All landscapes contain the imprint of human use. How should OEH manage the history and heritage of landscapes?
Our research illustrates people's attachment to landscape, studies the process of attachment itself and provides practical guidance to land managers in the conservation of community heritage. We are interdisciplinary in our practice, though emphasise history, memory and working with local families, communities and land managers. We advocate for a change in the management of landscapes from a site-based approach to a landscape approach.
How do people form attachments to landscape? How are the values and meanings attributed to places by local people relevant to the conservation and management of national parks? This project, undertaken between 1999 and 2001, explores people's connections to the landscape of Towarri National Park in the upper Hunter Valley.
How can knowing the history of a protected area contribute to its effective management? This history project documents Aboriginal and settler Australian people's historical relationships with the Yuraygir National Park landscape. It illustrates how respect for community identity and sense of place are crucial in ensuring community support for protected areas.
How do you live in a landscape that no longer belongs to you? This 'cultural mapping' study shows how Aboriginal people in NSW 'possess' their local landscapes by imprinting them with their life stories, histories, memories and emotions. The setting for this project is the Aboriginal post-contact history of the lower north coast of NSW.
What pastoral heritage does NSW have? What does it mean to local communities? How should it be protected? This research project shows how pastoral heritage is the product of mutual histories of Aboriginal and settler Australians. It presents new ways of understanding the heritage of the pastoral industry, based on case studies in two national parks.
How should OEH manage the history and heritage of landscapes? This project studies cultural heritage at a landscape scale in the NSW park system, and links heritage items with each other and with their human and ecological history. The project developed a practical guide for the management of park landscapes.
How have people used national parks for recreational purposes in the past? What attachments been created in the context of leisure pursuits? What impacts have recreational park users had on the landscape? How do park managers strike a balance between recreation and conservation? This collection of seven essays prepared by history students, University of Sydney, seeks to answer these questions.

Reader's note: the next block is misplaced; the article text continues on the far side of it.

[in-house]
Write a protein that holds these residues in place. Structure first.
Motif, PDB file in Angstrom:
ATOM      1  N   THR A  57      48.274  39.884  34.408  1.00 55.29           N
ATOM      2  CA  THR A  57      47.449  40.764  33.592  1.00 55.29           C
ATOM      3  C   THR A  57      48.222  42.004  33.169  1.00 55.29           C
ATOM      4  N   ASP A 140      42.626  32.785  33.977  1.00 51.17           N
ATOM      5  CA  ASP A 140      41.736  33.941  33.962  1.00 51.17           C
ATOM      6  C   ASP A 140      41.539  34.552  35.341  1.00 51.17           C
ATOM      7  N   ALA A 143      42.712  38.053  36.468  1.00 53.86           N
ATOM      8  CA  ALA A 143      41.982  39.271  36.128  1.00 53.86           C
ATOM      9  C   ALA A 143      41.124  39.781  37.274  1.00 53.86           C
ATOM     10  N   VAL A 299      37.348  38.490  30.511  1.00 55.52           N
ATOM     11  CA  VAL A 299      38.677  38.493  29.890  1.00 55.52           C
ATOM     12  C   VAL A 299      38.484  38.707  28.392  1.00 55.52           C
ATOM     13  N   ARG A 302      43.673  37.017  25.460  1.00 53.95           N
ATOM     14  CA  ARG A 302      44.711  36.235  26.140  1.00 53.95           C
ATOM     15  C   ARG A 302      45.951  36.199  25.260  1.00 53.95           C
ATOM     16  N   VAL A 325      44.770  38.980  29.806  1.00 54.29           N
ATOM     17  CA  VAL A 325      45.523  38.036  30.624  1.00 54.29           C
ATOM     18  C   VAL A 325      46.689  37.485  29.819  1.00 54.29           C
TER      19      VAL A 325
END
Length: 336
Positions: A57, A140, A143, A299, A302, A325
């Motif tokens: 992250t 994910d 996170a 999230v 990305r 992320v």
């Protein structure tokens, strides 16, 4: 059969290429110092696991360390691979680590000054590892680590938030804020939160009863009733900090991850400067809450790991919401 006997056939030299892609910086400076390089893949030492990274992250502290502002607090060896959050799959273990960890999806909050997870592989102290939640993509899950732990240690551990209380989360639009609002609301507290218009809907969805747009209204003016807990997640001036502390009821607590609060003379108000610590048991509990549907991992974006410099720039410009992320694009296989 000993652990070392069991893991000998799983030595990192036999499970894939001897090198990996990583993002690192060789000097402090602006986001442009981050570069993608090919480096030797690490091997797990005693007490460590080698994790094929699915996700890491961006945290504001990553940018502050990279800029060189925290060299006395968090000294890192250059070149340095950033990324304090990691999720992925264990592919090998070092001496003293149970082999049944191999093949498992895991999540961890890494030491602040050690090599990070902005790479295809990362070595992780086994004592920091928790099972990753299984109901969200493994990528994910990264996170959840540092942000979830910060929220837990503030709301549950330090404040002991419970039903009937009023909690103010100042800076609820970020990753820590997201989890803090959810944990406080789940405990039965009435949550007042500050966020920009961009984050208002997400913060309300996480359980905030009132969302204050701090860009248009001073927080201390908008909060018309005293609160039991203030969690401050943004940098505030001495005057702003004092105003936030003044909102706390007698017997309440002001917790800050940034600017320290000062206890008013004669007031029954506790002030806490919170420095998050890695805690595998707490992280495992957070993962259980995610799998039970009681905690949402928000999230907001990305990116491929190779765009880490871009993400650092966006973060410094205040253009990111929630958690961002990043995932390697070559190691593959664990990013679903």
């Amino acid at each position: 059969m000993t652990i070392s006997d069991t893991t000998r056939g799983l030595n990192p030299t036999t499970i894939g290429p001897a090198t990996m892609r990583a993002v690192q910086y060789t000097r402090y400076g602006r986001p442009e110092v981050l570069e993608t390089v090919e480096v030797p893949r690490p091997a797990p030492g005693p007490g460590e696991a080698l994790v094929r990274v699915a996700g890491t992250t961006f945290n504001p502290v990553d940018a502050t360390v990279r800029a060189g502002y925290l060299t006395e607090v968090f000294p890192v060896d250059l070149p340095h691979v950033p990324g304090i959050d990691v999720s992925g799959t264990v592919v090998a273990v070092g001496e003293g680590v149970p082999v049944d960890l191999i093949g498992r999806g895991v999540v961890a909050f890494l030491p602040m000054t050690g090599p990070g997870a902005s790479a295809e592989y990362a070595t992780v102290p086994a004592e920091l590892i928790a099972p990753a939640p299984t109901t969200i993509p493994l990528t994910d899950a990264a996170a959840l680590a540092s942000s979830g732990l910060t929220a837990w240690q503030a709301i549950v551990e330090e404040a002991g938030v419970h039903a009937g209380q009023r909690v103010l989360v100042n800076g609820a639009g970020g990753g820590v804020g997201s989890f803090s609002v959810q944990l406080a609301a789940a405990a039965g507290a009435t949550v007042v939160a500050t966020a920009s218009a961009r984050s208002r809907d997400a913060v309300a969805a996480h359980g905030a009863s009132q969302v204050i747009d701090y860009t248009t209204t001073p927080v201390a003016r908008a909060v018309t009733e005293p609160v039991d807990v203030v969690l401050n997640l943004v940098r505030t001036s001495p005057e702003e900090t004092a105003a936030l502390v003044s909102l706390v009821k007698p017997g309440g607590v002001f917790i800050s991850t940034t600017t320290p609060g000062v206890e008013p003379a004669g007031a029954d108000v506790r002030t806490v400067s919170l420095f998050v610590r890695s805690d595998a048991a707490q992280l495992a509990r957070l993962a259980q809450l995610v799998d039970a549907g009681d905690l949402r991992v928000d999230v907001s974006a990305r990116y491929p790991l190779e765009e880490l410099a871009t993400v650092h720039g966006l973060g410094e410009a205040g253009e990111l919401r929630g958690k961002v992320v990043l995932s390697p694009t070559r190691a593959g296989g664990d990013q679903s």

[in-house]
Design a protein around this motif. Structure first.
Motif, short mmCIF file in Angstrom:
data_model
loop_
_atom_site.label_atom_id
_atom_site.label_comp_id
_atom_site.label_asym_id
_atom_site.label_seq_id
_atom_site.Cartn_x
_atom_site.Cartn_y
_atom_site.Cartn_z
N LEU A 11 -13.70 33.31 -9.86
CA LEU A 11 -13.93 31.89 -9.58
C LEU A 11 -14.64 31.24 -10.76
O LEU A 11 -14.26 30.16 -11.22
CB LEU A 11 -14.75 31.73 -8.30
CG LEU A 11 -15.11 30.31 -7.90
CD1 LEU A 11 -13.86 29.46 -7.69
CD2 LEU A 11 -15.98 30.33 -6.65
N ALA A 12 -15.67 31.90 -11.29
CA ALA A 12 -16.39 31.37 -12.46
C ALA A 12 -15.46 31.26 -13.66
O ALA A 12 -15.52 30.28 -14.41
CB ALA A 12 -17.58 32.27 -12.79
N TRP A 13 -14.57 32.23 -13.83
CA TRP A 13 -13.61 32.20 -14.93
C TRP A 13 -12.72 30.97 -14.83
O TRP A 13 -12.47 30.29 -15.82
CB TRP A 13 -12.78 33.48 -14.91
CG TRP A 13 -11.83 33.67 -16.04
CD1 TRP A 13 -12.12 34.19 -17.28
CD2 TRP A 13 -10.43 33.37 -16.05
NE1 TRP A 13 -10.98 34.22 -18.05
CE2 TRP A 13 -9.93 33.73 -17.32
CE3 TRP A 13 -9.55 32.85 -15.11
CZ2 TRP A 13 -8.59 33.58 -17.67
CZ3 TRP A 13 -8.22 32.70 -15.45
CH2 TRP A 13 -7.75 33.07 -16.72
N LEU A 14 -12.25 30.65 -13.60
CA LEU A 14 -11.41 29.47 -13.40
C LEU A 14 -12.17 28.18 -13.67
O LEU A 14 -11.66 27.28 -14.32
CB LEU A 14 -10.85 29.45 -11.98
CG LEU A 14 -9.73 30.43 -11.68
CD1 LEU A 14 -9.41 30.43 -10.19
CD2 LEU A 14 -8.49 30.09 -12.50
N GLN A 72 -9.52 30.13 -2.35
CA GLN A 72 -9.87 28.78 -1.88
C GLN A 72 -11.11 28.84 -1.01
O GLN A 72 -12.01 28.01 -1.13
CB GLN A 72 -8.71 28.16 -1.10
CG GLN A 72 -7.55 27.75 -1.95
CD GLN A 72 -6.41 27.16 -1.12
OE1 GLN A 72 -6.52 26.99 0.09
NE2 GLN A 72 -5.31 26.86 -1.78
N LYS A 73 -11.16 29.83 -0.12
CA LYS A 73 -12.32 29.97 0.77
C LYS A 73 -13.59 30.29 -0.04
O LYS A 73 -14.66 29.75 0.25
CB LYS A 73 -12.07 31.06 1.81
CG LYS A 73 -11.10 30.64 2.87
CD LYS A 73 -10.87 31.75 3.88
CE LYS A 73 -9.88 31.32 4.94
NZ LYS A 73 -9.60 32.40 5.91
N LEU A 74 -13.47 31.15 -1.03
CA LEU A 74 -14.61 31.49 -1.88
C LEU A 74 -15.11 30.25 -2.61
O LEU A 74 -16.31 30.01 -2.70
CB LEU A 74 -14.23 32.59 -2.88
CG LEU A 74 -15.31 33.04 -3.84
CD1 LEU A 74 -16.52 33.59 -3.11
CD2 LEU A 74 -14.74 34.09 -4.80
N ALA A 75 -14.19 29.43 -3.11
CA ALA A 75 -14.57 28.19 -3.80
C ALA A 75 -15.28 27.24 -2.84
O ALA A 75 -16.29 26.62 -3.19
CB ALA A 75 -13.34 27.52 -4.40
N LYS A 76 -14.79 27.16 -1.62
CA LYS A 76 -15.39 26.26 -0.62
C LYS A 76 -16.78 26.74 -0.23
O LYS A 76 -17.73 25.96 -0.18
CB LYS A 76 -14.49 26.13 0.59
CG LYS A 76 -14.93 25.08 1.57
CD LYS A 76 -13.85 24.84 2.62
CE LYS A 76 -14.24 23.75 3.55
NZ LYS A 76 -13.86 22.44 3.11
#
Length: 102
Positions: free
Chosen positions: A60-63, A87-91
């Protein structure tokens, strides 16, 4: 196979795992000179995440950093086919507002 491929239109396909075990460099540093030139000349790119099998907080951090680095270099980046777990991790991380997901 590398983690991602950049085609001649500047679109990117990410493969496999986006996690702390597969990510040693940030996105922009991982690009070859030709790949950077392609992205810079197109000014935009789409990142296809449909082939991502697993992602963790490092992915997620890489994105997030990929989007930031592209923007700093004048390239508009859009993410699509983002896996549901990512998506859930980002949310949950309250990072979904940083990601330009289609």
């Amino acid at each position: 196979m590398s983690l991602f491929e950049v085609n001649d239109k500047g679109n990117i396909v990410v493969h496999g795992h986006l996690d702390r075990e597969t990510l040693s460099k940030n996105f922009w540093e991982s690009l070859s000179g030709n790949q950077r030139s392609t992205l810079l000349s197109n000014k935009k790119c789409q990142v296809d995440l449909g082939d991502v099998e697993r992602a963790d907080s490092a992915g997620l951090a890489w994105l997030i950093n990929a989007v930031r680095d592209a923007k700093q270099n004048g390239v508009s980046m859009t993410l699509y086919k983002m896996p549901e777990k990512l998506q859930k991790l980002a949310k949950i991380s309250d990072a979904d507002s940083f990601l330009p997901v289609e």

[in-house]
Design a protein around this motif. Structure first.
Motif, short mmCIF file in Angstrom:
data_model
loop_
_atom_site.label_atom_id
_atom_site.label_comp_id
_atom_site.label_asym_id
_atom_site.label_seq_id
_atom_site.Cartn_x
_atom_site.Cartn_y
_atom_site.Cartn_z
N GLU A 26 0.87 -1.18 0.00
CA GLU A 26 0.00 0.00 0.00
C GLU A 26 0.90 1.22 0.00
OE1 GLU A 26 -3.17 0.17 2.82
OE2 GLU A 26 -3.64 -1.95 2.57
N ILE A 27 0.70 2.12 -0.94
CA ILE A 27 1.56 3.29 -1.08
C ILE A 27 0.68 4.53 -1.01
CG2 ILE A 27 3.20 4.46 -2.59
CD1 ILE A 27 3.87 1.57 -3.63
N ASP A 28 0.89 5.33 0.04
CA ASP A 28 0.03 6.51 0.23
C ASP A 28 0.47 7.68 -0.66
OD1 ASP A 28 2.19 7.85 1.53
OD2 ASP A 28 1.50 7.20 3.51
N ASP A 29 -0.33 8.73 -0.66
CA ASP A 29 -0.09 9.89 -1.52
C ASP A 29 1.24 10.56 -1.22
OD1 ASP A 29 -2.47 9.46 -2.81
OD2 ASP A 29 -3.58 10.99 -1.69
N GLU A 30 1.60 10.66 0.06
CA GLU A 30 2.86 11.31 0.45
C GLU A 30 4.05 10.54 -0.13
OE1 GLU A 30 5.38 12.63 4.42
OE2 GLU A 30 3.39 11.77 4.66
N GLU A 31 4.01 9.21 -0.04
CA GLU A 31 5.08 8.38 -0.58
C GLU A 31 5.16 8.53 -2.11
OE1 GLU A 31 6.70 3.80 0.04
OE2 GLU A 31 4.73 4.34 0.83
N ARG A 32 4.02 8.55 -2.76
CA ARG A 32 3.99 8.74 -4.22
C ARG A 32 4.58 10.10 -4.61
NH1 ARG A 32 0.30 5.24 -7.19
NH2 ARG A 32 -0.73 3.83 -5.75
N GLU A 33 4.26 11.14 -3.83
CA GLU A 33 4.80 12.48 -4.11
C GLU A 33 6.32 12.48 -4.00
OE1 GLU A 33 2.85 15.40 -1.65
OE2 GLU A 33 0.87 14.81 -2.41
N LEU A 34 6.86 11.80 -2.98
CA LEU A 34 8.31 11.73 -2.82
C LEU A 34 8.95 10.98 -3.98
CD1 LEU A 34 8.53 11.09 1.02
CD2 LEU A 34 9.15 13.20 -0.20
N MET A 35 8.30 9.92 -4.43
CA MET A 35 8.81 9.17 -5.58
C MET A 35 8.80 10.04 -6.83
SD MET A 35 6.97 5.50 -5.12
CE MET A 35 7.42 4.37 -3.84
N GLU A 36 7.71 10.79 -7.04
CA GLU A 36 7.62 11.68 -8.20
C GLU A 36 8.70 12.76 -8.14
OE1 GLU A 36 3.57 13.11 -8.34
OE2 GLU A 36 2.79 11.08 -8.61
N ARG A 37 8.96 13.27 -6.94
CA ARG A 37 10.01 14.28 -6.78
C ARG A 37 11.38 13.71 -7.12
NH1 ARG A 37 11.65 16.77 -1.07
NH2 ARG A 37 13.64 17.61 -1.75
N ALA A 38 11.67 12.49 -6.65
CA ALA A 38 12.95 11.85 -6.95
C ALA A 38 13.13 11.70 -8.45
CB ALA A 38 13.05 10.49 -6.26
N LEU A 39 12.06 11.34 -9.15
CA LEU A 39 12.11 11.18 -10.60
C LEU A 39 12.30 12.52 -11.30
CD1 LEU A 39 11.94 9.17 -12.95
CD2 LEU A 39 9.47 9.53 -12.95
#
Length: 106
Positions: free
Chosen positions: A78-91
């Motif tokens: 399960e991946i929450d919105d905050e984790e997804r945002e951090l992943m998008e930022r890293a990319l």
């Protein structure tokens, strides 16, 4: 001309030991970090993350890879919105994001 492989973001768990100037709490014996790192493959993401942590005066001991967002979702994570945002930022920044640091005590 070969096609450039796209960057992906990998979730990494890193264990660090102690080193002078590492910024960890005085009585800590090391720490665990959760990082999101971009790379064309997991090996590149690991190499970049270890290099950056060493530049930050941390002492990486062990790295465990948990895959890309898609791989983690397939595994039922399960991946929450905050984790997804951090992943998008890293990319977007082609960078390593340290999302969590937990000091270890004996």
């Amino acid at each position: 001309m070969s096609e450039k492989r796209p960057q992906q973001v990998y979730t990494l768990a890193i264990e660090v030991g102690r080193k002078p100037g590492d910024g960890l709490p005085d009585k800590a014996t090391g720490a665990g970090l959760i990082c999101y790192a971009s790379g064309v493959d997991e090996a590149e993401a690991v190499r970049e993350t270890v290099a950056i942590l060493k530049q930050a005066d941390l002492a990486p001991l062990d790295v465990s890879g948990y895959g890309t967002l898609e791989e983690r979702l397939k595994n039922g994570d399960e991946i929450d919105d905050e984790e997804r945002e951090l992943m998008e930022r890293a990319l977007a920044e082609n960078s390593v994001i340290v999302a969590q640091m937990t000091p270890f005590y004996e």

Elizabeth Moylan, Steve Brown and Chris Kelly 2009, 'Toward a cultural landscape atlas: representing all the landscape as cultural'. International Journal of Heritage Studies 15:5: 447-466.
Steve Brown 2008, 'Telling stories: managing cultural values at Yuraygir National Park, Australia', in Josep-Maria Mallarach (ed) Protected Landscapes and Cultural and Spiritual Values. IUCN, GTZ and Obra Social de Caixa Catalunya. Kasparek Verlag, Heidelberg, 38-50.
Steve Brown 2007, 'Landscaping heritage: toward an operational cultural landscape approach for protected areas in NSW'. Australasian Historical Archaeology 25: 33-42.
Rodney Harrison 2005, 'It will always be set in your heart': archaeology and community values at the former Dennawan Reserve, northwestern NSW, Australia', in N Agnew and J Bridgeland (eds.) Of the Past, For the Future: Integrating Archaeology and Conservation. Papers from the Fifth World Archaeological Congress (WAC 5). Getty Conservation Institute, Los Angeles, 94-101.
Denis Byrne 2002, 'An archaeology of attachment: cultural heritage and the post-contact', in Rodney Harrison and Christine Williamson (eds) After Captain Cook: The archaeology of the recent indigenous past in Australia, Sydney University Archaeological Methods Series 8. Archaeological Computing Laboratory, University of Sydney, 135-146.
Rodney Harrison 2002, 'Shared histories and the archaeology of the pastoral industry in Australia', in Rodney Harrison and Christine Williamson (eds) After Captain Cook: The archaeology of the recent indigenous past in Australia, Sydney University Archaeological Methods Series 8. Archaeological Computing Laboratory, University of Sydney, 37-58.
Page last updated: 10 June 2011